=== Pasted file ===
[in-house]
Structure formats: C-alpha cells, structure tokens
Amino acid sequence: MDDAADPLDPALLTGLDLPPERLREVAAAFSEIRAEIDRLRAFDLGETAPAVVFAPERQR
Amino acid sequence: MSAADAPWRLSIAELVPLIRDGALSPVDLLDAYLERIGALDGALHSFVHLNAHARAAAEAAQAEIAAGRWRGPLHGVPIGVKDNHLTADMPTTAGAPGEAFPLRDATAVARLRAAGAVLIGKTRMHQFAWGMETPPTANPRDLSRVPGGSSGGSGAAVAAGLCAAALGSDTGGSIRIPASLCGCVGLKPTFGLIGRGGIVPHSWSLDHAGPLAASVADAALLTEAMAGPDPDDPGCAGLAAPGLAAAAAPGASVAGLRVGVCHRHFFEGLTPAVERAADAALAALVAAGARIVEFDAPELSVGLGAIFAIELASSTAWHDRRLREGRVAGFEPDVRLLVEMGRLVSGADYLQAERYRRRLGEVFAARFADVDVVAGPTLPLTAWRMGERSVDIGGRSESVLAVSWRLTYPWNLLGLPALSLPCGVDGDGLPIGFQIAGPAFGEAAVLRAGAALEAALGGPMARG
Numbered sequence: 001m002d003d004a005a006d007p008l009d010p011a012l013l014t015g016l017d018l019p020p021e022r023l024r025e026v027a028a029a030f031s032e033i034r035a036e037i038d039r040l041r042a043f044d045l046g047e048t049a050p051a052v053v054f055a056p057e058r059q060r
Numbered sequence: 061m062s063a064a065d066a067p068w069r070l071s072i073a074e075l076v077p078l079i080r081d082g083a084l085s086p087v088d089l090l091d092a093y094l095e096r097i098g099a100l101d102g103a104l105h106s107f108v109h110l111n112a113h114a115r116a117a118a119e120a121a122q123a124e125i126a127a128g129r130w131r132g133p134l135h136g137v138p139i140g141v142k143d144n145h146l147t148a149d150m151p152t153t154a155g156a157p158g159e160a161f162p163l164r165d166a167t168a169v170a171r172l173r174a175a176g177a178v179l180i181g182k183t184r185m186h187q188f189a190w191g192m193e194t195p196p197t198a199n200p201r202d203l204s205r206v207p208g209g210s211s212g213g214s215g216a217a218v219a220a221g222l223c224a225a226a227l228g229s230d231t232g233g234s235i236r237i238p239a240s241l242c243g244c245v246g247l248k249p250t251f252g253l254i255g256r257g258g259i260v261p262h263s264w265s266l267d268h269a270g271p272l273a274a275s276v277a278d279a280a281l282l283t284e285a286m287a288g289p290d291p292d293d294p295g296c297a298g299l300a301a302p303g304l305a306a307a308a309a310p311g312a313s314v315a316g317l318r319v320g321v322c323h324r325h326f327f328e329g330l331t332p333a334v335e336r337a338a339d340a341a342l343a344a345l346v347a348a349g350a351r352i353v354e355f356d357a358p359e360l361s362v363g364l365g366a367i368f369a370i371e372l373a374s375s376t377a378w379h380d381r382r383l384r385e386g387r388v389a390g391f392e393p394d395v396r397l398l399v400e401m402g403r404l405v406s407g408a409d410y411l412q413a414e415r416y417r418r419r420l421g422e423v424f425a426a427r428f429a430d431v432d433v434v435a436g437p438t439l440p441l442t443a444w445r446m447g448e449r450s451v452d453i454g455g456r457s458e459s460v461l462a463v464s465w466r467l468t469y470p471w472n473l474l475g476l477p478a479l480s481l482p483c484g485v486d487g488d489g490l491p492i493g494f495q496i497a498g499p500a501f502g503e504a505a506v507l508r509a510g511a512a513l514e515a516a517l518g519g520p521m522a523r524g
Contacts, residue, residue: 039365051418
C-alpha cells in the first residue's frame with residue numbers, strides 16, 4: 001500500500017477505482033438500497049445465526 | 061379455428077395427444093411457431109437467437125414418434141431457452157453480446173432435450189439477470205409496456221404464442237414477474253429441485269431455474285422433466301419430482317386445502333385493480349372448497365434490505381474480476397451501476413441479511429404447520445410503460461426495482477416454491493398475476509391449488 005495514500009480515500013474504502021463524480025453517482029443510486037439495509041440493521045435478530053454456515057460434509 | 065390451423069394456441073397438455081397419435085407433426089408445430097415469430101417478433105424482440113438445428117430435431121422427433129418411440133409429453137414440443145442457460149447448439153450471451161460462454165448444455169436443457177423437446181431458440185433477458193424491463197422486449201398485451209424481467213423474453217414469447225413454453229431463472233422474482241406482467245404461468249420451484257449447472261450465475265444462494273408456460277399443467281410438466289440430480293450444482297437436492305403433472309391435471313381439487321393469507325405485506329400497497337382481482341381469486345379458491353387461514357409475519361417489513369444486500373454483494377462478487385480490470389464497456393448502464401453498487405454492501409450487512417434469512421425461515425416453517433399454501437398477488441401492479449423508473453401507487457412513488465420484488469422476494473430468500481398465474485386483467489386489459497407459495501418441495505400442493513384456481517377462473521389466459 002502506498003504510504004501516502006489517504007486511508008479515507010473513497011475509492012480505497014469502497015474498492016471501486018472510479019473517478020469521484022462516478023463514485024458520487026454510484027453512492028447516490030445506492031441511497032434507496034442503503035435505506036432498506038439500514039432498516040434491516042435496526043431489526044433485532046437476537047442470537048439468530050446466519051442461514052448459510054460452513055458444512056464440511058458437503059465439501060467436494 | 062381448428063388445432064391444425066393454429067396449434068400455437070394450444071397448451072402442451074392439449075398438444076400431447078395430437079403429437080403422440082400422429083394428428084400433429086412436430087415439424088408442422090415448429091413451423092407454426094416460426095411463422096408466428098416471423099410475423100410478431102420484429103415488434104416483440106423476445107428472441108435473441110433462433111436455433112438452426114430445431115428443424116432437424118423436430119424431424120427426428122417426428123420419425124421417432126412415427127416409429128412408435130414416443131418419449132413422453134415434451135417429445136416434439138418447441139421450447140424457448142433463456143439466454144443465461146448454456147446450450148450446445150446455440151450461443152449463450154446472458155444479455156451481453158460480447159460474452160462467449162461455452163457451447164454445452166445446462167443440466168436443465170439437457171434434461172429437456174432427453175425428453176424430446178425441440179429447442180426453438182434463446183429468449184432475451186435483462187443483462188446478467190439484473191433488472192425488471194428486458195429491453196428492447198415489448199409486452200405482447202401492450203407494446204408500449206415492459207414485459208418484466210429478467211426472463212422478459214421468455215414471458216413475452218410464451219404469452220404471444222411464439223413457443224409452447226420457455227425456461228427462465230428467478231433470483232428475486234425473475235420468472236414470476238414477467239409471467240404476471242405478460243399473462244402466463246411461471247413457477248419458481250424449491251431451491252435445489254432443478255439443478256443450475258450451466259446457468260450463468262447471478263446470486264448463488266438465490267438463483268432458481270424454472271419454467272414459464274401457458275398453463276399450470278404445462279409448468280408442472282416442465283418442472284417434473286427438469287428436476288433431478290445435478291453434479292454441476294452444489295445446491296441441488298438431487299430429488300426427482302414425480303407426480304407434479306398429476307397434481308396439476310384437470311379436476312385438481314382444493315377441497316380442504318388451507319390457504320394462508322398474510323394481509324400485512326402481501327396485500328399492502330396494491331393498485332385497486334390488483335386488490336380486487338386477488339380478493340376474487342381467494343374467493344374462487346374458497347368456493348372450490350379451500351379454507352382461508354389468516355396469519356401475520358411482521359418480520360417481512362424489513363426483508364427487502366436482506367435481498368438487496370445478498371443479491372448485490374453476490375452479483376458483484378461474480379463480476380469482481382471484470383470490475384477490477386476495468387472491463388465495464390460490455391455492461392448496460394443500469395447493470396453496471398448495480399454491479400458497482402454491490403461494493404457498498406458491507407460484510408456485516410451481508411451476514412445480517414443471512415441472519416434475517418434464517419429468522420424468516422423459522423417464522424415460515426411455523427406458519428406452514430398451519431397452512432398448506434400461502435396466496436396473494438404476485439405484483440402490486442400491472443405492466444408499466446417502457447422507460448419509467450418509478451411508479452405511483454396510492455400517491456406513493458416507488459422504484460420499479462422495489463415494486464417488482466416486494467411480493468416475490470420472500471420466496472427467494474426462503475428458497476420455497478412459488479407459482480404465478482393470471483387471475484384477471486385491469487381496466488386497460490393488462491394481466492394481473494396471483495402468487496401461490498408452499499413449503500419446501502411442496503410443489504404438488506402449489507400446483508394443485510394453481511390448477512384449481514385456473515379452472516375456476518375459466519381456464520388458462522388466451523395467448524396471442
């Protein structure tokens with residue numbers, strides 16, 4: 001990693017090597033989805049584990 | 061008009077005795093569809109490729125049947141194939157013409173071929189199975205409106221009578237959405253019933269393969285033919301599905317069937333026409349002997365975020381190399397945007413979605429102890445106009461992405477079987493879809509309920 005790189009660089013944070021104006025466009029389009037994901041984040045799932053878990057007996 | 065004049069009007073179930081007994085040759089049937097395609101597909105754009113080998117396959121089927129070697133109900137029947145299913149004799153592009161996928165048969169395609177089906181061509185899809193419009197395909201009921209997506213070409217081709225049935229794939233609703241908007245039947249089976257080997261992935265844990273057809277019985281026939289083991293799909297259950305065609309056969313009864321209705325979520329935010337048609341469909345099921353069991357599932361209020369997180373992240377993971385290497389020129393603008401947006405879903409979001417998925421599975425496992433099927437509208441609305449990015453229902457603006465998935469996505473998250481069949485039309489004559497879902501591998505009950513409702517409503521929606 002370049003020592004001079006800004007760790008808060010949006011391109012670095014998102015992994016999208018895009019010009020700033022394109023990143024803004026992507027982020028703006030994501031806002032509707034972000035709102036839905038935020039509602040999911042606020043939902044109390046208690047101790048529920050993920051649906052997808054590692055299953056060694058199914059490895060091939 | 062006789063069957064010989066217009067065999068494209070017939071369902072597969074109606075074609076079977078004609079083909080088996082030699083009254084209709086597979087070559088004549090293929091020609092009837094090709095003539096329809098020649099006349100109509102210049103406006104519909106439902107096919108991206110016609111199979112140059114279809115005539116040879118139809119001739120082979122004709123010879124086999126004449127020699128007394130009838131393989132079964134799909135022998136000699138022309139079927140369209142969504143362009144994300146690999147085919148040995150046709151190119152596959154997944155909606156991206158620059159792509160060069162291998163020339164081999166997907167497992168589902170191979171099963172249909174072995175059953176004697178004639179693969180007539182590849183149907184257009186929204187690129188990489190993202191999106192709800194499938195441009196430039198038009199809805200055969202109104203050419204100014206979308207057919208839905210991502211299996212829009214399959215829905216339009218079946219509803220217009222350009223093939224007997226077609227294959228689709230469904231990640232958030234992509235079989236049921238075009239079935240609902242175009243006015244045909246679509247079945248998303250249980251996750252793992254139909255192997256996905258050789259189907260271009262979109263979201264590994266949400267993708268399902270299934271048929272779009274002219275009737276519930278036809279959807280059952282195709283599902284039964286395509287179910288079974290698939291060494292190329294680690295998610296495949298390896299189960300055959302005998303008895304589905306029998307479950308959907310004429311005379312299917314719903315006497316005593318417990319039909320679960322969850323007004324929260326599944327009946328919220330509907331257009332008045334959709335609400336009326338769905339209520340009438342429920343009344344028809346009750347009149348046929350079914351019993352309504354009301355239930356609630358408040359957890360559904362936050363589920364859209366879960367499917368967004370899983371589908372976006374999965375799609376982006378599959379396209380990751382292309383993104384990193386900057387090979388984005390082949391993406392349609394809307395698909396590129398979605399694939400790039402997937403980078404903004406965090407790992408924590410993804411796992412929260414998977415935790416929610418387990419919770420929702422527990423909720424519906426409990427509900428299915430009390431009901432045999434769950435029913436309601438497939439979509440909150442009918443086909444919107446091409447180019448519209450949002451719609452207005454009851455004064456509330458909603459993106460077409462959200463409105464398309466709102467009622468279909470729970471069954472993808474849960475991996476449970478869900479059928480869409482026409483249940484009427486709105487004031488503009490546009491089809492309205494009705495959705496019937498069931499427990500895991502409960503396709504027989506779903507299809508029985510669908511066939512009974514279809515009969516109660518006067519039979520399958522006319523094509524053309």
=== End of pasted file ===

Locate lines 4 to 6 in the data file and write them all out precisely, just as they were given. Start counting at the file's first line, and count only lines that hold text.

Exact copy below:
Amino acid sequence: MSAADAPWRLSIAELVPLIRDGALSPVDLLDAYLERIGALDGALHSFVHLNAHARAAAEAAQAEIAAGRWRGPLHGVPIGVKDNHLTADMPTTAGAPGEAFPLRDATAVARLRAAGAVLIGKTRMHQFAWGMETPPTANPRDLSRVPGGSSGGSGAAVAAGLCAAALGSDTGGSIRIPASLCGCVGLKPTFGLIGRGGIVPHSWSLDHAGPLAASVADAALLTEAMAGPDPDDPGCAGLAAPGLAAAAAPGASVAGLRVGVCHRHFFEGLTPAVERAADAALAALVAAGARIVEFDAPELSVGLGAIFAIELASSTAWHDRRLREGRVAGFEPDVRLLVEMGRLVSGADYLQAERYRRRLGEVFAARFADVDVVAGPTLPLTAWRMGERSVDIGGRSESVLAVSWRLTYPWNLLGLPALSLPCGVDGDGLPIGFQIAGPAFGEAAVLRAGAALEAALGGPMARG
Numbered sequence: 001m002d003d004a005a006d007p008l009d010p011a012l013l014t015g016l017d018l019p020p021e022r023l024r025e026v027a028a029a030f031s032e033i034r035a036e037i038d039r040l041r042a043f044d045l046g047e048t049a050p051a052v053v054f055a056p057e058r059q060r
Numbered sequence: 061m062s063a064a065d066a067p068w069r070l071s072i073a074e075l076v077p078l079i080r081d082g083a084l085s086p087v088d089l090l091d092a093y094l095e096r097i098g099a100l101d102g103a104l105h106s107f108v109h110l111n112a113h114a115r116a117a118a119e120a121a122q123a124e125i126a127a128g129r130w131r132g133p134l135h136g137v138p139i140g141v142k143d144n145h146l147t148a149d150m151p152t153t154a155g156a157p158g159e160a161f162p163l164r165d166a167t168a169v170a171r172l173r174a175a176g177a178v179l180i181g182k183t184r185m186h187q188f189a190w191g192m193e194t195p196p197t198a199n200p201r202d203l204s205r206v207p208g209g210s211s212g213g214s215g216a217a218v219a220a221g222l223c224a225a226a227l228g229s230d231t232g233g234s235i236r237i238p239a240s241l242c243g244c245v246g247l248k249p250t251f252g253l254i255g256r257g258g259i260v261p262h263s264w265s266l267d268h269a270g271p272l273a274a275s276v277a278d279a280a281l282l283t284e285a286m287a288g289p290d291p292d293d294p295g296c297a298g299l300a301a302p303g304l305a306a307a308a309a310p311g312a313s314v315a316g317l318r319v320g321v322c323h324r325h326f327f328e329g330l331t332p333a334v335e336r337a338a339d340a341a342l343a344a345l346v347a348a349g350a351r352i353v354e355f356d357a358p359e360l361s362v363g364l365g366a367i368f369a370i371e372l373a374s375s376t377a378w379h380d381r382r383l384r385e386g387r388v389a390g391f392e393p394d395v396r397l398l399v400e401m402g403r404l405v406s407g408a409d410y411l412q413a414e415r416y417r418r419r420l421g422e423v424f425a426a427r428f429a430d431v432d433v434v435a436g437p438t439l440p441l442t443a444w445r446m447g448e449r450s451v452d453i454g455g456r457s458e459s460v461l462a463v464s465w466r467l468t469y470p471w472n473l474l475g476l477p478a479l480s481l482p483c484g485v486d487g488d489g490l491p492i493g494f495q496i497a498g499p500a501f502g503e504a505a506v507l508r509a510g511a512a513l514e515a516a517l518g519g520p521m522a523r524g